Buddhist History & Art
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This book deals with Buddhism in Sri Lanka from the time of its introduction in 250 B.C. in the reign of King Devanampiya Tissa, up to Buddhism in Sri Lanka in the first half of the twentieth century, and the Buddha Jayanti and after.
This book traces the earliest contact with Buddhism in Mayanmar (Burma); the Mon and Pyu Kingdoms. Theravada Buddhism comes to Pagan. Pagan: its flowering and decline. The Shan rule. The Mayanmar build an Empire. The Eighteenth and Nineteenth Centuries.
PDF(431 KB) Buddhism in Thailand Karuna Kusalasaya.
This is a history of Buddhism in Thailand - the Land of Yellow Robes. Its past and present. The Bhikkhu Sangha or the Order of monks: the two Sects or Nikayas. Wats (Temples) and Monks. The Laity. Buddhist organisations and the revival of Buddhism in Thailand.
PDF(1,499 KB) Buddhism in Thailand Published by The World Buddhist University.
This work presents facts and figures about the current condition of Buddhism in Thailand, historical background sketches of the establishment and growth of the Buddhist community in Thailand and information on Buddhist education in Thailand. (9-10 December, 2002)
PDF(1,581 KB) King Asoka and Buddhism Anuradha Seneviratna.
King Asoka, the third monarch of the Mauryan dynasty in the third century B.C., was the first ruler of a unified India and one of the greatest political figures of all time. After he embraced the teachings of the Buddha, he transformed his polity from one of military conquest to one of Dharmavijaya victory by righteousness and truth. By providing royal patronage for the propagation of Buddhism both within and beyond his empire, he helped promote the metamorphosis of Buddhism into a world religion that spread peacefully across the face of Asia. This collection of essays by leading Indological scholars draws upon both the inscriptions and the literary traditions to explore the relationship between King Asoka and the religion he embraced. In highlighting the ways in which Asoka tapped the ethical and spiritual potentials of rulership.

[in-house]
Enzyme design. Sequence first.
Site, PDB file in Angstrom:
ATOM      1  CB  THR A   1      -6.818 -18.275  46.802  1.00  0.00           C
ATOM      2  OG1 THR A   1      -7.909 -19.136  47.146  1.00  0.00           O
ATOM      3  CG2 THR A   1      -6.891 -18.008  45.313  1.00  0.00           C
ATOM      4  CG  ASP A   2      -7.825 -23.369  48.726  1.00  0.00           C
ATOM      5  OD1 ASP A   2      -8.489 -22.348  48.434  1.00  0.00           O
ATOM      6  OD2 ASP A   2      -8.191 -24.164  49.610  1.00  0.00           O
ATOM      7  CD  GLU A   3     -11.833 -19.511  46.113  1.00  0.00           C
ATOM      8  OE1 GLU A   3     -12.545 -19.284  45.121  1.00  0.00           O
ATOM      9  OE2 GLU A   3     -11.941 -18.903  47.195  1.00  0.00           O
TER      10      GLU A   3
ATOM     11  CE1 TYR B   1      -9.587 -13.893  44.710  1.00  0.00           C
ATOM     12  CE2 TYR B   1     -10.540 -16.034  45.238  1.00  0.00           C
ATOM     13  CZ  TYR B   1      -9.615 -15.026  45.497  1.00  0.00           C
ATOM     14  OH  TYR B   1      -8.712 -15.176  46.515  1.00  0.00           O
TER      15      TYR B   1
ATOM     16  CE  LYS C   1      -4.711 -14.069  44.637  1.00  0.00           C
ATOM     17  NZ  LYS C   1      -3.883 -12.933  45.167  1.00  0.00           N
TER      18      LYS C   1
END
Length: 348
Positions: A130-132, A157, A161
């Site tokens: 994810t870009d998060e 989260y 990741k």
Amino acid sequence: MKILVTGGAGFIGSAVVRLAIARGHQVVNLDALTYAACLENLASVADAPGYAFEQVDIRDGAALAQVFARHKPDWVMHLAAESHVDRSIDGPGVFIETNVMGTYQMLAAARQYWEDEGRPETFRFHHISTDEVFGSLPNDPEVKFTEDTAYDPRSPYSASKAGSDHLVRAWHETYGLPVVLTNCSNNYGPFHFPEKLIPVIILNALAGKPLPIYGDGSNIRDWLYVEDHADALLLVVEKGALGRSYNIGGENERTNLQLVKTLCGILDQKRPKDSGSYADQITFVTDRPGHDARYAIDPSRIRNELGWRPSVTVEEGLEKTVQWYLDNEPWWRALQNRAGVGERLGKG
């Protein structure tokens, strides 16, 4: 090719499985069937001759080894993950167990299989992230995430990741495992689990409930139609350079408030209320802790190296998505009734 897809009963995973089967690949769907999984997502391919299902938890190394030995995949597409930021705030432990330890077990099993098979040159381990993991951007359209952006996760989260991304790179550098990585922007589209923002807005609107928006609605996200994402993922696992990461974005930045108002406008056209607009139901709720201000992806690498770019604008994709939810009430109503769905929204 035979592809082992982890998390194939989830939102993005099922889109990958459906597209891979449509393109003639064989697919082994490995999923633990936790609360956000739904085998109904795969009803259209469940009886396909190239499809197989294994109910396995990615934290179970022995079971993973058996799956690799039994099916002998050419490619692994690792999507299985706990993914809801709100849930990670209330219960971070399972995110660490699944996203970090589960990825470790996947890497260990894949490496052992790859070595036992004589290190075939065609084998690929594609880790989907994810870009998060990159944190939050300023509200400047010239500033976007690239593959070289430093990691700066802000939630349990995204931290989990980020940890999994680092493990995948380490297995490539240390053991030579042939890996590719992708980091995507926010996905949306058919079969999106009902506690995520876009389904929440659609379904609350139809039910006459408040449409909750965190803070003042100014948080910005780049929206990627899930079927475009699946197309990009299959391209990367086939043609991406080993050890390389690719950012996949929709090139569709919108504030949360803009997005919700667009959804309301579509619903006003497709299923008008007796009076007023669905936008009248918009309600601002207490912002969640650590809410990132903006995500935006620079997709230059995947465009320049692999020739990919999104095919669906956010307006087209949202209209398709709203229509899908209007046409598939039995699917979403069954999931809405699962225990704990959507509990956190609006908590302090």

This book on the biographies of the Great Sachen Kunga Nyingpo and the current lineage holder of the Sakya sect in Tibetan Buddhism, His Holiness the 41st Sakya Trizin, has been compiled by Ratna Vajra Sakya, Dolma Lhama and Lama Jampa Losel. It includes photographic material of the His Holiness Sakya Trizin.